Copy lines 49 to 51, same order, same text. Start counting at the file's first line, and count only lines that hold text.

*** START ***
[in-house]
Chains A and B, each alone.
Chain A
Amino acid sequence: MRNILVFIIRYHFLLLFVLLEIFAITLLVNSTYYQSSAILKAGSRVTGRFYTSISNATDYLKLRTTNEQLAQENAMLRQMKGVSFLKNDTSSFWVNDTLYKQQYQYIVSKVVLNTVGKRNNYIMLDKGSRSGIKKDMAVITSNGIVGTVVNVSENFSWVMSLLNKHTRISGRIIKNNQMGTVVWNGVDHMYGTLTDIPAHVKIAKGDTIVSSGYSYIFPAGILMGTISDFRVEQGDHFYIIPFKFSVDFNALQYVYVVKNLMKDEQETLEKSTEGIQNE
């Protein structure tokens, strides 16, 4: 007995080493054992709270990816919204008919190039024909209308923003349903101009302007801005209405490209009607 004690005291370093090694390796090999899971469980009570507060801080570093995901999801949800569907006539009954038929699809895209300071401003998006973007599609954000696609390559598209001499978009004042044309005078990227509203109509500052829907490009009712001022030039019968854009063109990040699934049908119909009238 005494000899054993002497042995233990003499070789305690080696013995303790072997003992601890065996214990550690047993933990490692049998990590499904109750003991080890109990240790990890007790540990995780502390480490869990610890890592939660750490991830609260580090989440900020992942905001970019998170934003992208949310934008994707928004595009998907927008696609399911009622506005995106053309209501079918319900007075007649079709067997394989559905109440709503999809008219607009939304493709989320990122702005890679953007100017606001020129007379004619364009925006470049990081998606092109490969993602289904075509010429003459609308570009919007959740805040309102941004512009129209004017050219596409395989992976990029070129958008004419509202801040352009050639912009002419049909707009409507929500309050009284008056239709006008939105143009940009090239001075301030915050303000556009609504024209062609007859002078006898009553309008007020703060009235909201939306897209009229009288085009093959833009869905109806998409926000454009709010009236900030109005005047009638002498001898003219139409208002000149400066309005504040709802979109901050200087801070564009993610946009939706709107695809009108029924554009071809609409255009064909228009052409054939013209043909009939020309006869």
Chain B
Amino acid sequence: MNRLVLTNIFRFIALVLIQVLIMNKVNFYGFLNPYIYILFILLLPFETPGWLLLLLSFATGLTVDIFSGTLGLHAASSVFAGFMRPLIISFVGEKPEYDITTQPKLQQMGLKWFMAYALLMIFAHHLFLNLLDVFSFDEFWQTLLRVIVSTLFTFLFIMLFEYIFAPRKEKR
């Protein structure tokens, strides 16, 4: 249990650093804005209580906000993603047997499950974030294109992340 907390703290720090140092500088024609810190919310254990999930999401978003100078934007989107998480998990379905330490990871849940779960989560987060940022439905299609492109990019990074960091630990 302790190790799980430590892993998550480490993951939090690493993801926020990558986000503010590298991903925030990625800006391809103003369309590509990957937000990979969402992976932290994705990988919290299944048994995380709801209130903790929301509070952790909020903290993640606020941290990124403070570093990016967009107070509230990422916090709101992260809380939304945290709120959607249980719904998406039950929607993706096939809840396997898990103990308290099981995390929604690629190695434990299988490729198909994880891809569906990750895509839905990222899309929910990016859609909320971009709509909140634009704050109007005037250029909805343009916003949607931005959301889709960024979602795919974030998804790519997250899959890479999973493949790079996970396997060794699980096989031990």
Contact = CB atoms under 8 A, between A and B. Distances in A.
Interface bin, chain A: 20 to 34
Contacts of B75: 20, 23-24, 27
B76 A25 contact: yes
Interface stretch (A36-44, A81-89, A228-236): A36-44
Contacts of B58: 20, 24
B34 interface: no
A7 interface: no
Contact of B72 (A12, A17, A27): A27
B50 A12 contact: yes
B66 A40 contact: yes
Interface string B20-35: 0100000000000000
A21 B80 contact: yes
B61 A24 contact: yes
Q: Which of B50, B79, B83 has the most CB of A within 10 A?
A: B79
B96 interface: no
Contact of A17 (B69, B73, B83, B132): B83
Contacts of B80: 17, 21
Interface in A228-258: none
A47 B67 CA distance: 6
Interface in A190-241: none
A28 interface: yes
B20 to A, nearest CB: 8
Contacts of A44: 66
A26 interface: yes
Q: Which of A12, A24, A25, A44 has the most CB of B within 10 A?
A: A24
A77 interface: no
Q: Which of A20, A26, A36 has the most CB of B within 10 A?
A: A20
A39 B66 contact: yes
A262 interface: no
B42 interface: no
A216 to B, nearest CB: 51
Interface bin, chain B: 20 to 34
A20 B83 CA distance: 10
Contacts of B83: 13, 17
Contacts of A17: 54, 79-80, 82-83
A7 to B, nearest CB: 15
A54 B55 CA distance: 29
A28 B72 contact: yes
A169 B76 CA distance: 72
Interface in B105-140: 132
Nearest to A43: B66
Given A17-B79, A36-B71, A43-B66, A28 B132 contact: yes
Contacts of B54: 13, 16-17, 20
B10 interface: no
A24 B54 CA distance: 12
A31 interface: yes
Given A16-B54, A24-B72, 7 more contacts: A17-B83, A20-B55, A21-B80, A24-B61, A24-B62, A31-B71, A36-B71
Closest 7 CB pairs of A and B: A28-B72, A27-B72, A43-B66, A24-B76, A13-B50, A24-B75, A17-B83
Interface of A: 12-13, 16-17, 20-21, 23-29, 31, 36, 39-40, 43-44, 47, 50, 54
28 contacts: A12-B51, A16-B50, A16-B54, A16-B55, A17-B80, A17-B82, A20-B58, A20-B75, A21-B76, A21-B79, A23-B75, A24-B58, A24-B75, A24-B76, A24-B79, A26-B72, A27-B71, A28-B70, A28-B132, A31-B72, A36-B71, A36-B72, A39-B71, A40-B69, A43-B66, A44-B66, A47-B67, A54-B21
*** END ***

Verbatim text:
A54 B55 CA distance: 29
A28 B72 contact: yes
A169 B76 CA distance: 72